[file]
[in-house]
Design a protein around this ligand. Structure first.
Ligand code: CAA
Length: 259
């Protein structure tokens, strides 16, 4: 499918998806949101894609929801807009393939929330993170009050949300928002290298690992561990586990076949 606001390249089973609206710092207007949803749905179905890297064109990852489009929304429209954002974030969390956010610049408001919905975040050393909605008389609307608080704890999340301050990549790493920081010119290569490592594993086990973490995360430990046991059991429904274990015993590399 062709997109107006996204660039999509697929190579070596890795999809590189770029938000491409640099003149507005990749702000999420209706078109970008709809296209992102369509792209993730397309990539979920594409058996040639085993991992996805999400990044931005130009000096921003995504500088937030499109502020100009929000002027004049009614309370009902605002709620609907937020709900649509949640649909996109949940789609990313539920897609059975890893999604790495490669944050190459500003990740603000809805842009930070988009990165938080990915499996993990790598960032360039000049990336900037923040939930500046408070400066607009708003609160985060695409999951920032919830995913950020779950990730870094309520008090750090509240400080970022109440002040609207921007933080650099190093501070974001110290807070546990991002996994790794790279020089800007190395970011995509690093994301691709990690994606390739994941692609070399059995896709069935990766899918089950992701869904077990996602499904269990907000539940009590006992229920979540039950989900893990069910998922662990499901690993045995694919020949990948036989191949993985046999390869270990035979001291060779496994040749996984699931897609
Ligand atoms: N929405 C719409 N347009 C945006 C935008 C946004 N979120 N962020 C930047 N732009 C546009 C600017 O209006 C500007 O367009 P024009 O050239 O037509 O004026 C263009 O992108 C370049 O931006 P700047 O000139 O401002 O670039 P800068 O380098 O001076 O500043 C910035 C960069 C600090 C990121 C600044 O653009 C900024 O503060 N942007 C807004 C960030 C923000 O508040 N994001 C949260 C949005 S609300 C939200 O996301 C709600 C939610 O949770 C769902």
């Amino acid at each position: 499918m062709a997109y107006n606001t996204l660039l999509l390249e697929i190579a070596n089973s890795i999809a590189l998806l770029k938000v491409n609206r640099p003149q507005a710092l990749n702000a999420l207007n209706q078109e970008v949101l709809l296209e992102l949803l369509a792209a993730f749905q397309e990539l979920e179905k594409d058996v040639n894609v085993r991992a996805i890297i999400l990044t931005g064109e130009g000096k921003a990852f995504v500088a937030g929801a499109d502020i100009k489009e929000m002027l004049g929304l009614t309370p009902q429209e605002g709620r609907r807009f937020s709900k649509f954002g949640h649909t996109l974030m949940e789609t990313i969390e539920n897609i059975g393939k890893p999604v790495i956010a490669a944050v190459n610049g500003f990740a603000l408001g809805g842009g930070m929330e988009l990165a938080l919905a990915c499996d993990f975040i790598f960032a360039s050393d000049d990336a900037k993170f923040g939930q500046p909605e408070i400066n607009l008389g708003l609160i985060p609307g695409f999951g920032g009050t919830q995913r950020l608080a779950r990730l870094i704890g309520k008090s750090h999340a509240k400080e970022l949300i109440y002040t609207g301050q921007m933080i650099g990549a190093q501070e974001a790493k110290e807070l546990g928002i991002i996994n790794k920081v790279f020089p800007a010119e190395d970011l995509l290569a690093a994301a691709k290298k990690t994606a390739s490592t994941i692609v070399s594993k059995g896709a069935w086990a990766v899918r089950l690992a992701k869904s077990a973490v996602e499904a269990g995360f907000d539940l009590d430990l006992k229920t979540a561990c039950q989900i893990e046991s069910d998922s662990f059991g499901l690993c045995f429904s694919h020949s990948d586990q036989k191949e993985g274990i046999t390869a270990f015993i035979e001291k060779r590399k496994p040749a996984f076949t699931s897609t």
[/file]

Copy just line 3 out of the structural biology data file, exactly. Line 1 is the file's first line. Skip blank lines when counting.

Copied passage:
Ligand code: CAA